More than 7 million hospitalized Americans suffer from delirium
each year. Learn more today.
Every day, day in day out, 365 days per year, upwards of 60,000 Americans are admitted to the Intensive Care Unit of a hospital because they have a critical illness that, left untreated and unattended to, could quickly kill them or leave them gravely disabled. And it is a very sad fact that some people will die in the ICU regardless of the amount and quality of care they receive. Most people realize this.
What many people do NOT realize is that once hospitalized in the ICU, a patient’s susceptibility to death in the ICU expands well beyond the dangers posed by the actual illness which necessitated their ICU stay. One of these dangers is delirium and what makes it especially dangerous is that people who should know better – physicians, surgeons, nurses and other hospital providers – fail to advise patients or their loved ones about the realities of ICU delirium – that it’s presence in a critically-ill patient can, independent of the main illness itself, increase the patient’s odds of dying in the hospital by 100%, 200% even 300% and that upwards of half the patients who develop delirium during their stay will likely develop a form of long term cognitive impairment on a par with the dementia seen in early Alzheimer’s Disease patients.
Worse yet, for decades physicians have been informing concerned family members quite wrongly that ICU delirium (often still referred to inaccurately and archaically as ICU ‘psychosis'[sic]) is a harmless and transient condition, a mere ‘artifact’ of their critical illness that simply goes away on its own.
It is when such misinformation is conveyed either knowingly or self-servingly that great harm to the patient can result because the prevailing belief by leading researchers in this area is that the severity of ICU delirium can be diminished and possibly even eliminated through the simple but time-consuming expedient of ‘titrating’ or adjusting psychoactive medications given to ICU delirium patients such as tranquilizers and pain medication to the lowest dose consistent with safe care of the patient. The loved ones of ICU patients can continue to urge staff to abide by one of several protocols developed for just this purpose but they can only do so if they are aware that such changes can be made and that they can make a huge difference in the future health and well being of their patient if they do so.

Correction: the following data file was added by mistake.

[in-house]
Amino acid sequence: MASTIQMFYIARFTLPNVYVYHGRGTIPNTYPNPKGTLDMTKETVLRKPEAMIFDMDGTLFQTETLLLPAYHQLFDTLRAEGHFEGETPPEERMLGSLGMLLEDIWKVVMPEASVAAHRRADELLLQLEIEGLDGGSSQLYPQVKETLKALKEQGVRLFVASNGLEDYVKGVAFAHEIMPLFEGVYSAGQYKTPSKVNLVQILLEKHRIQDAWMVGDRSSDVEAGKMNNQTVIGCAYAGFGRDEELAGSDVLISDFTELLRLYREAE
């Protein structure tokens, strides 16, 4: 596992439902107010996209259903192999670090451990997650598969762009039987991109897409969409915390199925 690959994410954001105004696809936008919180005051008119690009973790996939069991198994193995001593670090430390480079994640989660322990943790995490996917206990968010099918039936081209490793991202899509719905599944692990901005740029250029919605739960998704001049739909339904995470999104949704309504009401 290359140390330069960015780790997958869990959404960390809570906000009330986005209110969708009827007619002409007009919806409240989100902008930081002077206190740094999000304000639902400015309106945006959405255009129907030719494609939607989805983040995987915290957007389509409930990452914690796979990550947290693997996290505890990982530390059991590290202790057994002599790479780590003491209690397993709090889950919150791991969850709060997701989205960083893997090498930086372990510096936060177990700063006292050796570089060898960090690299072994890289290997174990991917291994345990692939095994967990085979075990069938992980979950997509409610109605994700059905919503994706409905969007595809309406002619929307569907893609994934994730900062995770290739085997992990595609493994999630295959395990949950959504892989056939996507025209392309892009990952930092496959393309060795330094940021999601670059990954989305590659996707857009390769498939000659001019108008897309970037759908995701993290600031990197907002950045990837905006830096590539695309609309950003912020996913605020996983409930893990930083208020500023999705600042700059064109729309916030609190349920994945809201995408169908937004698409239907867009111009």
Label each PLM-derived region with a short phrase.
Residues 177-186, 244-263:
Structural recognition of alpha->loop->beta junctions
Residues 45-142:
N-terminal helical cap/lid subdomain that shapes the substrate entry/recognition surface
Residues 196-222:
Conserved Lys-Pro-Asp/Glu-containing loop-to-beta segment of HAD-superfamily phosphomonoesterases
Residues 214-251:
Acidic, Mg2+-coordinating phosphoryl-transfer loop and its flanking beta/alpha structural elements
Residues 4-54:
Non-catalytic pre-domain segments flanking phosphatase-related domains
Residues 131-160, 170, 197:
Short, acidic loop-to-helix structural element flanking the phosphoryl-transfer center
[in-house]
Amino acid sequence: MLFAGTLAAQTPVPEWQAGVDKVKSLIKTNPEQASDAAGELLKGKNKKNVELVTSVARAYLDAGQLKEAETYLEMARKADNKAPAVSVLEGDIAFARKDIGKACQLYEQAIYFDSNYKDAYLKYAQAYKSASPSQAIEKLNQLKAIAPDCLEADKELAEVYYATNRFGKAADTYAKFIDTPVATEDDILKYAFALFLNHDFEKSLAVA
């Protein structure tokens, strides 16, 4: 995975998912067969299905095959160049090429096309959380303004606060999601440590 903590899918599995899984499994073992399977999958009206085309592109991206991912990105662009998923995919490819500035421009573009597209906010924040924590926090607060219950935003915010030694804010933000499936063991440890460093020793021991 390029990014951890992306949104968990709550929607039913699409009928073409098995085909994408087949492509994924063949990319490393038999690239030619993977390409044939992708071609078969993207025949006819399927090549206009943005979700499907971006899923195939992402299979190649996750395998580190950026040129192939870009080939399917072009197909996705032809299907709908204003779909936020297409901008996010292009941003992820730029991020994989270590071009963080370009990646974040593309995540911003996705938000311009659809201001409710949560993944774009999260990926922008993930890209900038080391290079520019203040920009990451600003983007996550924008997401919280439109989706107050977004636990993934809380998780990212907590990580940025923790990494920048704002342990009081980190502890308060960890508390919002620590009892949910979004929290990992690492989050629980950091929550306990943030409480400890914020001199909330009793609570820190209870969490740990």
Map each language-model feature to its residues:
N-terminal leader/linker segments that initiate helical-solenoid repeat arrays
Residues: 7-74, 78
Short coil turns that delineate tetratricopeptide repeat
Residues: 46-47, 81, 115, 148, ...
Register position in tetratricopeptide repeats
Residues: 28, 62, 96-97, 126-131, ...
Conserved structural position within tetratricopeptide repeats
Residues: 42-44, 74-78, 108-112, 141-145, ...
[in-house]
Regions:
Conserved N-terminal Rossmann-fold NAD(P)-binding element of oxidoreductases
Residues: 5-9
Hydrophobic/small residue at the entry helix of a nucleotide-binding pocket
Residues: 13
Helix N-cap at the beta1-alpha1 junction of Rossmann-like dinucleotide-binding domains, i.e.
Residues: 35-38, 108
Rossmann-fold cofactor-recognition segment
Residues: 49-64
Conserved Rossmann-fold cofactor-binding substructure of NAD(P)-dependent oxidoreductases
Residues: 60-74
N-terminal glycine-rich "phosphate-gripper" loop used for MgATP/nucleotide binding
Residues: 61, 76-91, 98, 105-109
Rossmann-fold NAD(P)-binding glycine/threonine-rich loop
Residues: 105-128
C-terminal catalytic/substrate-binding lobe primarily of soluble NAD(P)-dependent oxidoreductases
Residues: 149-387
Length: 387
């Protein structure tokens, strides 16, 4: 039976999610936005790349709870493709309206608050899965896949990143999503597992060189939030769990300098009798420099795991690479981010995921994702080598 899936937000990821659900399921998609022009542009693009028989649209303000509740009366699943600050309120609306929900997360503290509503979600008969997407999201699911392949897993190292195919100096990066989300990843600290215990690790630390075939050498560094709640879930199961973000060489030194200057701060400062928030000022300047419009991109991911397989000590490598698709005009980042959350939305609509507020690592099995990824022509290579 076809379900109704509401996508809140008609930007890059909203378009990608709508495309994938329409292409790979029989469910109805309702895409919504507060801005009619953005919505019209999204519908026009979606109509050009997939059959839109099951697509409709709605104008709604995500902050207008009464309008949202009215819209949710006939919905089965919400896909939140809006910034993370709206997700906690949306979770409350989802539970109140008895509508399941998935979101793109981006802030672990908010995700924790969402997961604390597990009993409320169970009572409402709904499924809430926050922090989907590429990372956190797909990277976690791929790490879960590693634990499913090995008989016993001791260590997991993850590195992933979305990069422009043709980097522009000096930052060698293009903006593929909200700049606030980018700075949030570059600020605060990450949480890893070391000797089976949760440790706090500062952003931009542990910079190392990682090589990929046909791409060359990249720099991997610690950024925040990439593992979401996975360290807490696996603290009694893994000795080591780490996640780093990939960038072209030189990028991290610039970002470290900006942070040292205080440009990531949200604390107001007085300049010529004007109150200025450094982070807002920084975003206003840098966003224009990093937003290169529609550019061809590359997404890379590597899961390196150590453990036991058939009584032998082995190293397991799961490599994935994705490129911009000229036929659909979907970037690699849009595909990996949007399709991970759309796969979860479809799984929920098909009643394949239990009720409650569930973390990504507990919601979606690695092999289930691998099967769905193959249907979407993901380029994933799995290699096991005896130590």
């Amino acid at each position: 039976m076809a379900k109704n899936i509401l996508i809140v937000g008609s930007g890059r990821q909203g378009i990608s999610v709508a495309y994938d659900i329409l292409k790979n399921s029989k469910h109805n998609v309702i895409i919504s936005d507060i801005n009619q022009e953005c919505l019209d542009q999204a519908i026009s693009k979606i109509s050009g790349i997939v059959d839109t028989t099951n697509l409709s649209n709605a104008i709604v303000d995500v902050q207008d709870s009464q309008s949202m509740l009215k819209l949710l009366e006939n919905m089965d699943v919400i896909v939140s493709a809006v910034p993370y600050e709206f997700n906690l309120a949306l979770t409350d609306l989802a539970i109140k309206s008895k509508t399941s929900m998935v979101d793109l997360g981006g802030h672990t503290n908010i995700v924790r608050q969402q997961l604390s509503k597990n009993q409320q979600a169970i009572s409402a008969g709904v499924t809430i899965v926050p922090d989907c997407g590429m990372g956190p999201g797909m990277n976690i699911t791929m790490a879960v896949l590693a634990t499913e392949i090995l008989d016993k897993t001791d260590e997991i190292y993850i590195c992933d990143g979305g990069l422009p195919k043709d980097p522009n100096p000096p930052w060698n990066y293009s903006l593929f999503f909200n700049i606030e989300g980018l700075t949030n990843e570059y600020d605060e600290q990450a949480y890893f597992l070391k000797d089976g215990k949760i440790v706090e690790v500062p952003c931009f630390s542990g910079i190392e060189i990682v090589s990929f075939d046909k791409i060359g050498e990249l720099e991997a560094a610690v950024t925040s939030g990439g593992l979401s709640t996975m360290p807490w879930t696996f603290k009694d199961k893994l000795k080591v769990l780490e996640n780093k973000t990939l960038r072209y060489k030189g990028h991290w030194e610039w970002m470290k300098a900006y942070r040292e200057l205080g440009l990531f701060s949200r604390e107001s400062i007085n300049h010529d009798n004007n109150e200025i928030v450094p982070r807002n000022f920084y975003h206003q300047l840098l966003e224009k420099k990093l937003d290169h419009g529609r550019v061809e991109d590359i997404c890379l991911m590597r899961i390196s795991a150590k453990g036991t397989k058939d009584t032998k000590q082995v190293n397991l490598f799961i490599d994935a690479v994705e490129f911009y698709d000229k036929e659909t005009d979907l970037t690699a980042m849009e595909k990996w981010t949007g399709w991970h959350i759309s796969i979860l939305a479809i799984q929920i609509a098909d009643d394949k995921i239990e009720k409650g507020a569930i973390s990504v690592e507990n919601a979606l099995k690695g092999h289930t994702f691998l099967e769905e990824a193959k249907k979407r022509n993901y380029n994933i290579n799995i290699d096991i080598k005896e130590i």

One of the most important roles you can play as a family member of someone in the ICU is as a medical historian, specifically in terms of assuring that attending physicians are made fully aware of the patient’s overall pre-ICU cognitive state. Without this information, neither RNs nor MDs nor therapists can properly assess the current condition of your loved one.
No matter how assertive they are in everyday life, the conditions which brings a person to the ICU will utterly disable them from properly advocating for themselves while they are patients there. It is absolutely critical -often literally a matter of life or death – that loved ones be near their patient 24/7 in the ICU.and that they be willing to be aggressive to a degree which most of us would not think of being outside the hospital.
A change in mentation is inevitably more quickly apparent to a family member than to even the most attentive clinician. Such changes can often be stopped in their tracks by a simple medication adjustment. A delayed or absent adjustment can lead to a very rapid decline and often a quick death.
“[Hospitals must] make a culture shift in how they handle their sickest patients in the ICU.” Wes Ely, M.D. MPH, Professor of medicine and director of the ICU Delirium and Cognitive Impairment Study Group at the Vanderbilt University School of Medicine
This first post marks the beginning of what hopefully over time will become both a tool for American ICU patients and their families as well as an occasionally thoughtful discussion of the roadblocks which now stand in the way of better treatment for the ICU patient, whether the patient is an inpatient still in the ICU, an inpatient in a “step-down” hospital unit or after discharge from the hospital as an outpatient.
It is directed principally towards an American readership because it is in the United States that I seek to help effectuate change in ICU practices, particularly with regard to the treatment of ICU delirium. Regrettably and frankly shamefully, the United States is far behind the United Kingdom in this area.
The purposes of this blog are two-fold. First, it is to help ICU patients and their families understand that the perils of hospitalization for a critical illness extend far beyond the confines of the original illness itself. Second, it is to promote positive patient-centered changes in ICU “culture”, in particular in recognizing the hazards of ICU delirium as well as the significant role which family members can play in helping their loved ones survive their ICU and hospital stay while minimizing the brain damage which can lead to disabling long term cognitive impairment.